Reading through Catherynne Valente's first children's book, I found it increasingly difficult to imagine what my review for it would be like. It almost defies categorization, even as it's hugely reminiscent of various other stories: not only myths and folklore, but also the likes of Alice In Wonderland, The Wizard of Oz and Peter Pan, as well as authors such as Eva Ibbotson, E. Nesbit and a dash of Read More
The Girl Who Fell Beneath Fairyland and Led the Revels There by Catherynne M. Valente
September returns to Fairyland to find that her shadow, which she sacrificed to save a child in the previous book, has become the Queen of Fairyland-Below. Worse, the shadows in Fairyland are disappearing into Fairyland-Below, where they enjoy the freedom to be the masters of their own fate. But the shadows are the sources of magic in Fairyland, and as more of them leave for the underworld, magic is disappearing from Fairyland. September has to solve this problem before Fairyland disappears forever.
I was really tempted to just write a review that said, “This book is awesome and you should all go buy it now. Stop wasting time reading this review.” However, out of a sense of professional responsibility, let me explain why this book is so wonderful.
Catherynne M. Valente is the true heir to Read More
The Girl Who Fell Beneath Fairyland and Led the Revels There by Catherynne M. Valente
The Girl Who Fell Beneath Fairyland and Led the Revels There is the more-than-worthy follow-up to Catherynne Valente’s The Girl Who Circumnavigated Fairyland in a Ship of Her Own Making. It continues the story of September, returning her to Fairyland, or more precisely, to underneath it, where she once again adventures amongst strange and wonderful people and places.
September’s story opens up back in Nebraska, but along with September, we’re quickly whisked out of our dull, mundane world of school and mean girls and back to the world of Fairyland. But Fairyland has changed since September was last there, and not for the better. Worse, the change seems to be due to something September herself did on her first visit there. And as September is “quite a practical child,” ... Read More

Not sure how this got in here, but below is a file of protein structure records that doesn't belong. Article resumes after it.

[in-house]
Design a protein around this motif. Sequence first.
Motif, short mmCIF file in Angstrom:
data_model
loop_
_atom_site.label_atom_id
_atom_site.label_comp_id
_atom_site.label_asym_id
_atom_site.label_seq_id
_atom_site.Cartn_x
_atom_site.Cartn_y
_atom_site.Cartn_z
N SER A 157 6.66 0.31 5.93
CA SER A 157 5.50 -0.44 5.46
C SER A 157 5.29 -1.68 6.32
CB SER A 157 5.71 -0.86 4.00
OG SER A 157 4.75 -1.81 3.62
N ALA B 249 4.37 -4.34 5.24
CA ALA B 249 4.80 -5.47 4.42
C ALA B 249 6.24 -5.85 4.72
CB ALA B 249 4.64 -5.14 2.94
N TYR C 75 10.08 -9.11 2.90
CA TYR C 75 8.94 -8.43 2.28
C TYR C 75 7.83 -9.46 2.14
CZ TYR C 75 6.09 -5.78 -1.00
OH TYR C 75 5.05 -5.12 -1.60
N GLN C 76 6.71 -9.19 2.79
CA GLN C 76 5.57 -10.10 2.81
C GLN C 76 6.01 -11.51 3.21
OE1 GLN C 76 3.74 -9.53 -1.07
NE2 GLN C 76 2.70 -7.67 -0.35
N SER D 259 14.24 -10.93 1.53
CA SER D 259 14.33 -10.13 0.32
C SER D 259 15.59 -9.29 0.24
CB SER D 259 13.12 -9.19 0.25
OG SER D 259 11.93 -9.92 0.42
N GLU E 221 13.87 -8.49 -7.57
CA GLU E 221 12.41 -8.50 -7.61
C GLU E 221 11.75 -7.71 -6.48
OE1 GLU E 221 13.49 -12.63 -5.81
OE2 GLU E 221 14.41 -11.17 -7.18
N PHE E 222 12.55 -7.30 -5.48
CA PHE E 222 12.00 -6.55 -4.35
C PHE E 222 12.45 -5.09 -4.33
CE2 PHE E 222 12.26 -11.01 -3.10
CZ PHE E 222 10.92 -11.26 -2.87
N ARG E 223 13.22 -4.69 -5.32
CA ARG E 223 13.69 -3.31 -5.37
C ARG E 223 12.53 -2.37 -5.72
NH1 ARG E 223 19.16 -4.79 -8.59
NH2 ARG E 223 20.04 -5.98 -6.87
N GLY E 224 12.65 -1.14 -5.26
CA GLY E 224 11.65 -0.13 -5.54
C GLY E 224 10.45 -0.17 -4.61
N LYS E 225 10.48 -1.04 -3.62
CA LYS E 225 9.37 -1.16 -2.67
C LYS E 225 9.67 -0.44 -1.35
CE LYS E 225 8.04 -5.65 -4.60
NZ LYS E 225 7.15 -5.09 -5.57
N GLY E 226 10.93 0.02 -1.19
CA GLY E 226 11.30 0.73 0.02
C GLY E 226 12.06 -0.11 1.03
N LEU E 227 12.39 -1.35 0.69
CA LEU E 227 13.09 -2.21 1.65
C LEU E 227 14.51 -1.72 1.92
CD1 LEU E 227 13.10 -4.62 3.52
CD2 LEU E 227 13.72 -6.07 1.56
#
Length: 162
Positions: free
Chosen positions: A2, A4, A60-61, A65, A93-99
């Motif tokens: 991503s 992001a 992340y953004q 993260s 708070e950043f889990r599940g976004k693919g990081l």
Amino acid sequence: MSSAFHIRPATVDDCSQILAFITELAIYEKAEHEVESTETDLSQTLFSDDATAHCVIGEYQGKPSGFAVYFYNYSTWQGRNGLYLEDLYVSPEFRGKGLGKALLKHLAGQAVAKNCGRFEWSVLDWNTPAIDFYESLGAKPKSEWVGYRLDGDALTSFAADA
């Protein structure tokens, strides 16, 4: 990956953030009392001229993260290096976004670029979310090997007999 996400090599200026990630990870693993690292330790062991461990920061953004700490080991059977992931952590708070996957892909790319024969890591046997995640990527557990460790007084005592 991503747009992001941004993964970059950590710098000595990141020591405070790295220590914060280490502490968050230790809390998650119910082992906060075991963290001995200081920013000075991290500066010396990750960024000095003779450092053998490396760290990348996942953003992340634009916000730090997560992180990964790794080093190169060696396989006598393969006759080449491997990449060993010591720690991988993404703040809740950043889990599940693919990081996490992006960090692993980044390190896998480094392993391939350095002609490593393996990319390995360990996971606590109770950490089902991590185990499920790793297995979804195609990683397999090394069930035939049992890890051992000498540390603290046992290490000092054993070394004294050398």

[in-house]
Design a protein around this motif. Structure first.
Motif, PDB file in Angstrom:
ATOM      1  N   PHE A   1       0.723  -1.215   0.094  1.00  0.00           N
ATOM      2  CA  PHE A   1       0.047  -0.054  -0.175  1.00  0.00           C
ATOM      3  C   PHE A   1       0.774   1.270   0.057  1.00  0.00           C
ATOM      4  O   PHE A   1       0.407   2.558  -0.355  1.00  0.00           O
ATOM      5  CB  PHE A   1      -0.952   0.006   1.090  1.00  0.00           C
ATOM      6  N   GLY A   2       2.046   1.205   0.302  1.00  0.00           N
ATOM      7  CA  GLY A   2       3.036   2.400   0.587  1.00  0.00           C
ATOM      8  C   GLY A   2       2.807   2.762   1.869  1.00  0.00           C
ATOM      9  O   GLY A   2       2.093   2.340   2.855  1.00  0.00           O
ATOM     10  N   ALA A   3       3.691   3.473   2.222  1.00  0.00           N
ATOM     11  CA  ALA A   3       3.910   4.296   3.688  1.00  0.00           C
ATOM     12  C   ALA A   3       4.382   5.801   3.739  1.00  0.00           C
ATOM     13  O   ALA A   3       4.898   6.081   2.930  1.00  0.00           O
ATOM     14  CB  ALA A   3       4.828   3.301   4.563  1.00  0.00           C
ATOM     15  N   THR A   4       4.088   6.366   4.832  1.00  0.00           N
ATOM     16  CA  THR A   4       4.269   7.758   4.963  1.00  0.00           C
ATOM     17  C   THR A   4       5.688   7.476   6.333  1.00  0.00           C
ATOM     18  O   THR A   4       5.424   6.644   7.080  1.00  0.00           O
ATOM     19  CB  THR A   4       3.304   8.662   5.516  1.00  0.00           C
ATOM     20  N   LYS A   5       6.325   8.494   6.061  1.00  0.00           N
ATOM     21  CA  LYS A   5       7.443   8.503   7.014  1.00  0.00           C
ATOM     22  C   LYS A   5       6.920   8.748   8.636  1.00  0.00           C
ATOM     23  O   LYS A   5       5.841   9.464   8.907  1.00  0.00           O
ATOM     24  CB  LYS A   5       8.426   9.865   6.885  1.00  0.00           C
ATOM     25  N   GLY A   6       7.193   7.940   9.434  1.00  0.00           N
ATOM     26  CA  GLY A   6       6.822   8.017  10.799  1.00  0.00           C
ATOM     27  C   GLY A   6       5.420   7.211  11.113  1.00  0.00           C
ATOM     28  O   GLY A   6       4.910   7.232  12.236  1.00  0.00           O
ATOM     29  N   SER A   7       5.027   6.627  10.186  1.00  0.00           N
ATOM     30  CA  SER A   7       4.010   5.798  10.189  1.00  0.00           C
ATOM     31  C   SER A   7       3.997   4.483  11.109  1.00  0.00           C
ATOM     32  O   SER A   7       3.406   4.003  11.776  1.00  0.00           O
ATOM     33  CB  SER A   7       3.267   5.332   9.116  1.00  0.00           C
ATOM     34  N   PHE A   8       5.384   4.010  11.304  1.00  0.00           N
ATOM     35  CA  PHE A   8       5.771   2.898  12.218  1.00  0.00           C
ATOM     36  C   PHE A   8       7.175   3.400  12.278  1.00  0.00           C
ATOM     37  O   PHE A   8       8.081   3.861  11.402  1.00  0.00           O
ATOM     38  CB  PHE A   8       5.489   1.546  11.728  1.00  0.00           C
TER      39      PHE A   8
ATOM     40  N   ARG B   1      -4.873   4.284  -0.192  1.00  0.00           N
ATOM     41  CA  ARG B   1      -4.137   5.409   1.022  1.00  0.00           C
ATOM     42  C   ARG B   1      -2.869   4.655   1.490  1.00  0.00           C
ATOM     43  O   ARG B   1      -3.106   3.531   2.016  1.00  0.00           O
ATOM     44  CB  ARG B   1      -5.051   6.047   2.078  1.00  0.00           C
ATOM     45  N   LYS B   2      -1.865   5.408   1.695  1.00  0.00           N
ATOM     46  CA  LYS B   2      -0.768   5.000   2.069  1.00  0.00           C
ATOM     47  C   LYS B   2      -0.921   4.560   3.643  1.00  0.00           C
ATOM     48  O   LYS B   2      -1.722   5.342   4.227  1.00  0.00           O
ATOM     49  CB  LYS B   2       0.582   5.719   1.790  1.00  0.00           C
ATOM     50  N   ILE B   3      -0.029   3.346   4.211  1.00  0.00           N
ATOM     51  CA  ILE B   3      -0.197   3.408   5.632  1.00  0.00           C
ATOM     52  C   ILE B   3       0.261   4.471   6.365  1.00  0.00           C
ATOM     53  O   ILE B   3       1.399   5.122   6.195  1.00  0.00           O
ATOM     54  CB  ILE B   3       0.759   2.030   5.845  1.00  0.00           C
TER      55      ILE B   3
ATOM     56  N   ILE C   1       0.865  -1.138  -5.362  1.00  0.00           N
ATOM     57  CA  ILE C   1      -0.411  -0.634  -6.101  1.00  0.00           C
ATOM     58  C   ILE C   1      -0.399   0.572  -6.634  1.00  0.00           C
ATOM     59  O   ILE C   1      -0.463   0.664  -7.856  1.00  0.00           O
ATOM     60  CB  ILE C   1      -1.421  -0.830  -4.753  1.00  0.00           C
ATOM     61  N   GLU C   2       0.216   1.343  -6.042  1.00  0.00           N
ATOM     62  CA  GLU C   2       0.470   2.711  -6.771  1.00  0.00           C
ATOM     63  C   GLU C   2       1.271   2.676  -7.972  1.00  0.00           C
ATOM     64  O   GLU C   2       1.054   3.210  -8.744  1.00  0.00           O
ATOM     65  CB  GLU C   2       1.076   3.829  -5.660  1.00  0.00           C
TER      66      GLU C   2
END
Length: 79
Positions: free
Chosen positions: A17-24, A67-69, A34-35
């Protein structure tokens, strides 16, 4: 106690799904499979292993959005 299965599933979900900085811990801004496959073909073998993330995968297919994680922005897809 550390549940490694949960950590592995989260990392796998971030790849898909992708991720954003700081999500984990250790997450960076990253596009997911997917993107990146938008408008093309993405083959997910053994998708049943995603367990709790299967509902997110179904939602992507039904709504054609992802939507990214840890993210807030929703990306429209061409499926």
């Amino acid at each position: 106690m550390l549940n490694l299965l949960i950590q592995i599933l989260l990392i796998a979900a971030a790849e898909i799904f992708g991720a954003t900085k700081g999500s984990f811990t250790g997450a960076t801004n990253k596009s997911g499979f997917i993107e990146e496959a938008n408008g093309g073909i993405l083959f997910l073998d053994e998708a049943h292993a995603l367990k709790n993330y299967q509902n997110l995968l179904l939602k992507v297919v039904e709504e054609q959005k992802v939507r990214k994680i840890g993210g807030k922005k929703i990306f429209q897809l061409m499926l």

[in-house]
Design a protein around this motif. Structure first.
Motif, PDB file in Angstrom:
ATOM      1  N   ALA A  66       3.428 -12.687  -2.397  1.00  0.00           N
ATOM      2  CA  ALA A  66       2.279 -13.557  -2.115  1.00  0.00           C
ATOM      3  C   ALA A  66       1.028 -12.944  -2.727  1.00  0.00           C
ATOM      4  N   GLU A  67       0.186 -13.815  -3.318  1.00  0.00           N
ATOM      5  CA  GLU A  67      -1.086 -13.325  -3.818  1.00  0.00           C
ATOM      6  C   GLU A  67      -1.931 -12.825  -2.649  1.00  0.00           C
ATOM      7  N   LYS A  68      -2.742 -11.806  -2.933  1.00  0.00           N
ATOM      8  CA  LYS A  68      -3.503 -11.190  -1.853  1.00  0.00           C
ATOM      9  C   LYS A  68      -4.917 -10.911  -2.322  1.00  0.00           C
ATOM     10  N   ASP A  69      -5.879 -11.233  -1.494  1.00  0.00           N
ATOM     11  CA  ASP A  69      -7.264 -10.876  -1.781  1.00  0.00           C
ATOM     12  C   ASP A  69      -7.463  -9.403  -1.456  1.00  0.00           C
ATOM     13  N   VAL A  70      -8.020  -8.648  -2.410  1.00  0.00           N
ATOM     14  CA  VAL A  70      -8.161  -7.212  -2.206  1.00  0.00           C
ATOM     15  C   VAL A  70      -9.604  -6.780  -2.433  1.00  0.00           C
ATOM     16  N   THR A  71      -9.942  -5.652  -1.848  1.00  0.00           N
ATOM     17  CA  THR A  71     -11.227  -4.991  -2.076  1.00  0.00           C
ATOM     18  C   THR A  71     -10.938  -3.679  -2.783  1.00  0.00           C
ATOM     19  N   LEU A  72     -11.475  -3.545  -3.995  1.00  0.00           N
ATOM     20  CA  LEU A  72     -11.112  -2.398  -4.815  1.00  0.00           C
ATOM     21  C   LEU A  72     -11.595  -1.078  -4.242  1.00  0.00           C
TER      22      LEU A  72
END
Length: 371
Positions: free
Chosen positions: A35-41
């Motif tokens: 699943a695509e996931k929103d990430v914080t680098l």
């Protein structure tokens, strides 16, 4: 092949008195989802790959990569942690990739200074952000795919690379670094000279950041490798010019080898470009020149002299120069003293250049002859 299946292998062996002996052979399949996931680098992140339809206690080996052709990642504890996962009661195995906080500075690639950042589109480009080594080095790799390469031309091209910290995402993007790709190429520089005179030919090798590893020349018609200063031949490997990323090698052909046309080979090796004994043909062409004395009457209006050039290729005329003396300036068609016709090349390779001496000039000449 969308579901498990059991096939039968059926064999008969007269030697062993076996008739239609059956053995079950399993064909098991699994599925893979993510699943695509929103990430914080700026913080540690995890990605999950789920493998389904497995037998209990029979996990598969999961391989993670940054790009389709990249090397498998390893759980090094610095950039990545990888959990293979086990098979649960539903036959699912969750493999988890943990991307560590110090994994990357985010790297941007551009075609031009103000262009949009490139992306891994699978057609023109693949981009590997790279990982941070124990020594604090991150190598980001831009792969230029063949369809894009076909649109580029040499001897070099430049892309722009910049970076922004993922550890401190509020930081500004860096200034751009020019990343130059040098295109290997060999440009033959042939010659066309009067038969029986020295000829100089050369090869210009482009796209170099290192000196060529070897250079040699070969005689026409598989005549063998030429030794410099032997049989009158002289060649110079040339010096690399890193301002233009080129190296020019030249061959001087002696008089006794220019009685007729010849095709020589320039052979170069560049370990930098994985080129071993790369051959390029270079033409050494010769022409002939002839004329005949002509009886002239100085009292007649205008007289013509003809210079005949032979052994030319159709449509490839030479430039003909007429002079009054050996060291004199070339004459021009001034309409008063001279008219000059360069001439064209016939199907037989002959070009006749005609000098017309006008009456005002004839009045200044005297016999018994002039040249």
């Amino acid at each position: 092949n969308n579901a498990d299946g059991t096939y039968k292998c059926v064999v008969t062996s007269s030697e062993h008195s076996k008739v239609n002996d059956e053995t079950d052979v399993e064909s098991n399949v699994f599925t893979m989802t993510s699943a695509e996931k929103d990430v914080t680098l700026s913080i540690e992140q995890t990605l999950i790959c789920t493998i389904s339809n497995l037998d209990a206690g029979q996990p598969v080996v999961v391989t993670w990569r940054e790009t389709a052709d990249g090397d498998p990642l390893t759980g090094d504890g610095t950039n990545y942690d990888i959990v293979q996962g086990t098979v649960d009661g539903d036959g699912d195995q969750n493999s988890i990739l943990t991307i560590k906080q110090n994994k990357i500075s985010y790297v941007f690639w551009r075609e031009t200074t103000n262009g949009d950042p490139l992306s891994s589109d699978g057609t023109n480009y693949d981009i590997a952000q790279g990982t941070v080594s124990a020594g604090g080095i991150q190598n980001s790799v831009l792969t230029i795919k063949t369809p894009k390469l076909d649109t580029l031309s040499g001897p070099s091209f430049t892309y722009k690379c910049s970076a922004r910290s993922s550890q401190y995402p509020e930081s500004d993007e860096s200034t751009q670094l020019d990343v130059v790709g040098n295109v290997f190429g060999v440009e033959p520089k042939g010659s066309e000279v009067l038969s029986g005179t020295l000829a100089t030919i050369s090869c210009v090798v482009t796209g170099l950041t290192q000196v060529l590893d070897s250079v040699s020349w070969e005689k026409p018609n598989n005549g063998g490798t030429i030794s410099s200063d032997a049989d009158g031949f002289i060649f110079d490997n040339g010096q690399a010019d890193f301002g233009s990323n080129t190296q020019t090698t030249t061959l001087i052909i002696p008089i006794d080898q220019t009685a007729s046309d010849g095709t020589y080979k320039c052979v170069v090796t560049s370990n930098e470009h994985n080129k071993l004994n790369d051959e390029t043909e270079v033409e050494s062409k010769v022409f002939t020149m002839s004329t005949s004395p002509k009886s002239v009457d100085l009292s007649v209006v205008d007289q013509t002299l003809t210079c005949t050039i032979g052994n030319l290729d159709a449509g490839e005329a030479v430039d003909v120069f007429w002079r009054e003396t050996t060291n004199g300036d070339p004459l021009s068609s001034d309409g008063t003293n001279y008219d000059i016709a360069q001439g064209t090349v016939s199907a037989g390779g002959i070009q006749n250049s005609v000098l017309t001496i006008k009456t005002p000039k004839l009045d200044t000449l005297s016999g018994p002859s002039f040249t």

The Grass-Cutting Sword by Catherynne M. Valente
The Grass-Cutting Sword is a metaphor, comprised almost entirely of exquisite imagery, and every single word has obviously been chosen with a poet’s eye for sound and sight. It is a creation myth and a Grendel for the nuclear age, a story of beginnings and endings, of beauty and hideousness. The images Catherynne M. Valente chooses in The Grass-Cutting Sword will haunt your nightmares and inform your dreams. Close your eyes, for instance, and envision the monster of the tale from this excerpt of its self-description:
I am Eight. We are Eight. Lying on my side, if you prefer the symbolism. Eight heads, eight tails, eight snakes susurring against each other like auto-asphyxiating lovers, joined at the torso — circus grotesque, unseparated octuplets in a jar of formaldehyde, jumbled trunk a snaggletoothed muscle with the ... Read More
Palimpsest by Catherynne Valente
The first thing that strikes you about Palimpsest is the gorgeous prose. Every sentence is crafted with the utmost care, resulting in a novel that almost reads like poetry. It simply begs to be read out loud. I've read many books that attempt this kind of lush prose, but Palimpsest is one of the most successful and most beautiful.
Palimpsest is a sexually transmitted city. People who have been there have a small tattoo — a piece of the city's map — somewhere on their body. Sleep with them, and you are transported there. When you wake up, back in the real world, you will find a small tattoo of another part of Palimpsest on your body — and you will want to go back.
The story follows four people who are all newcomers to Palimpsest — a young Japanese woman, a beekeeper, a locksmith, a bookbinder. They all have lost s... Read More
Palimpsest by Catherynne M. Valente
Palimpsest, by Catherynne Valente, adds to the growing list of urban fantasy books whose setting isn’t mere background but plays a major role in the story. Valente brings the same lushly poetic style and sense of myth and fairytale that characterized The Orphan's Tales, creating a more abstract and surrealistic version all her own. As well, rather than do a simple job of world-creating, she also plays with a more traditional staple of fantasy — the other world some lucky few in our own get to enter, whether it be via a rabbit hole, a wardrobe, a magical book, or some other rare portal.
The eponymous city, Palimpsest, is reached not through any of these randomly benevolent and neutral “doorways” but instead through sex; the doorway to Palimpsest is basically an STD, and like some STD’s, it leaves its mark, in th... Read More
Under in the Mere by Catherynne Valente
Catherynne Valente’s novella Under in the Mere is about as inaccessible a book as I’ve read in some time. That doesn’t mean I’m not recommending it, but it’s fair warning to any who attempt it. Under in the Mere is a poetic, surrealistic “retelling” of several Arthurian tales (a mix of the better and lesser known ones), although “retelling” is really far too pedestrian and prosaic a term for Valente’s dense, imagistic and poetic language here, and far too limiting with regard to how she plays with the tales and with language. Perhaps “recreation” is a better description.
Here’s a short taste of the language from the opening of the first story, involving the Lady of the Lake:
Perhaps I am nothing but a white arm. Perhaps the body which is me diffuses at the water’s surface into nothing but ... Read More